Sure there’s horrible violence. Sure, people get tortured. There’s blood and body parts galore. But it works. There’s this incredibly sadistic bastard trying to kill as many people as possible, and a group of people trying their best to stop him. If it’s “torture porn,” and it certainly fits the bill,  then it’s one of the better examples of the genre. Unfortunately, the genre itself is in decline, no doubt thanks to all of those SAW movies that amounted to a great big example of overkill. They milked that cash cow as long as they could. So there’s a good chance THE COLLECTION might be the end of this particular franchise.

I am not expecting THE COLLECTION to be a big hit. In fact, I’m sure it won’t do very well at all, especially since it’s in such limited release. But I’m telling you, if you’re not squeamish about this kind of stuff, you might just enjoy the hell out of it. I know I did.

I give THE COLLECTION ~ four bloody knives.

(LS dials his cell phone, and Michael Arruda picks up on the other end, enjoying his steak dinner)

MA: Hello?

LS: I know you gave me the wrong info on purpose. I hope you’re enjoying your dinner.

MA: Er…I am.

LS: And I hope you enjoyed the ground up glass in the mashed potatoes.

MA (touches his mouth and coughs up blood): NOOOOOOOOOOOOO!

LS: What? I can’t hear you. We have a bad connection.

(FADE TO BLACK)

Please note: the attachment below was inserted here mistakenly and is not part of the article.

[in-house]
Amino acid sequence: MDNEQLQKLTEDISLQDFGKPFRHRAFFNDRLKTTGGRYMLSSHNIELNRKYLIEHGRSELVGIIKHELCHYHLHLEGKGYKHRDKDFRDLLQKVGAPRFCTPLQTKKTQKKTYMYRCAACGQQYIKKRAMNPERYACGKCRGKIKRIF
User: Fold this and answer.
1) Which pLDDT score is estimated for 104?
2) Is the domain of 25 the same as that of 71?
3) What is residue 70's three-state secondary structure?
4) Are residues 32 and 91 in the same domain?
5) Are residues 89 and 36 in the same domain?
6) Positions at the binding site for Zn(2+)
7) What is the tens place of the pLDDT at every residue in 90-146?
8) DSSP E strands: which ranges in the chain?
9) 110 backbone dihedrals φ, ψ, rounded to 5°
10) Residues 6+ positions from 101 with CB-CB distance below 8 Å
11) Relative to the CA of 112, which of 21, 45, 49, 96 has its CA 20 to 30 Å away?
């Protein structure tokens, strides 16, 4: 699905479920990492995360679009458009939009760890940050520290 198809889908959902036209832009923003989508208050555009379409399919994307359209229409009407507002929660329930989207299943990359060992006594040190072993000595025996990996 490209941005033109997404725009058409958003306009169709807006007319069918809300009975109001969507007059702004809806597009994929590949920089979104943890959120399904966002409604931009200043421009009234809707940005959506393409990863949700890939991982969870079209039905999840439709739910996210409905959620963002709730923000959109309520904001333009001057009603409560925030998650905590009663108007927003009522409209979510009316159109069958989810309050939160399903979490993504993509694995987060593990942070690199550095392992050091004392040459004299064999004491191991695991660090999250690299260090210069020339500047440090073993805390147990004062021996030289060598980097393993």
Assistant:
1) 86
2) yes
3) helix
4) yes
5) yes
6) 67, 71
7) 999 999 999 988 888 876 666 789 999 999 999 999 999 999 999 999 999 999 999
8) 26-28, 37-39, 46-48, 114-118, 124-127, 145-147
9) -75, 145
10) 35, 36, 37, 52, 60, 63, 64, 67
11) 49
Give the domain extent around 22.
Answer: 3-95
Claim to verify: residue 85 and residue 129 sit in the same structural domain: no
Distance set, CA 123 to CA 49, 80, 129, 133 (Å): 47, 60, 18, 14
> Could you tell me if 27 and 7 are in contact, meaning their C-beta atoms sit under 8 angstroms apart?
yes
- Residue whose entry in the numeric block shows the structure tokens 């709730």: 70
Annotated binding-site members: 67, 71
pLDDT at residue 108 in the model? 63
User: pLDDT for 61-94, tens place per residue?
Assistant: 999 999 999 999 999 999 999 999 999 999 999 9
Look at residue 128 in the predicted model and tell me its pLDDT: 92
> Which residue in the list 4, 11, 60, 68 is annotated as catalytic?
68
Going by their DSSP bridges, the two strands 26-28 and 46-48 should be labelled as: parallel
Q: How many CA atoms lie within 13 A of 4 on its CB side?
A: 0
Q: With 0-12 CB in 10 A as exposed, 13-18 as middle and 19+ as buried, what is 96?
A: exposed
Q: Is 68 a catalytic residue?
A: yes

© Copyright 2012 by L.L. Soares

LL Soares gives THE COLLECTION ~ four knives!

Friday Night Knife Fights: PSYCHO vs. HALLOWEEN (Part 3 of 3)

Posted in 1960s Horror, 2012, 70s Horror, Alfred Hitchock Films, Classic Films, Friday Night Knife Fights, John Carpenter Films, Plot Twists, Psychos, Slasher Movies with tags , , , , , on October 26, 2012 by knifefighter

FRIDAY NIGHT KNIFE FIGHTS:  PSYCHO (1960) vs. HALLOWEEN (1978)
With Michael Arruda, L.L. Soares, Nick Cato, Pete Dudar, Dan Keohane, and Paul McMahon

 (CONCLUSION)

MICHAEL ARRUDA:  Welcome back folks, to the conclusion of this month’s FRIDAY NIGHT KNIFE FIGHTS.  This installment will decide the winner of the battle of the iconic horror movies. It’s PSYCHO (1960) vs. HALLOWEEN (1978).

So, which one of these two is the better movie?  That’s what our panel of Cinema Knife Fighters assembled here tonight plan to find out. So far, HALLOWEEN leads 3 to 2. But this time, anything can happen.

 *****

Okay, it’s Round 6.  “Which director does a better job at the helm?  Alfred Hitchcock, or John Carpenter?”

NICK CATO:  Can I say that this is a stupid question?

MICHAEL ARRUDA:  You can say whatever you want.

L.L. SOARES:  Someone has to say it.  It’s about time it’s someone other than me!

NICK CATO:  Okay, then.  STUPID question!

It’s Hitchcock. No one had created that type of suspense before he unleashed Bates on the world.  Carpenter doesn’t come close.

DAN KEOHANE:  I think it depends on what you want out of the movie.

L.L.SOARES:  What is this, a psychology class?  Pick a director!

DAN KEOHANE:  Easier said than done.  This is one question I can’t honestly answer one way or the other.

L.L. SOARES:  What—did you change your last name to Dudar?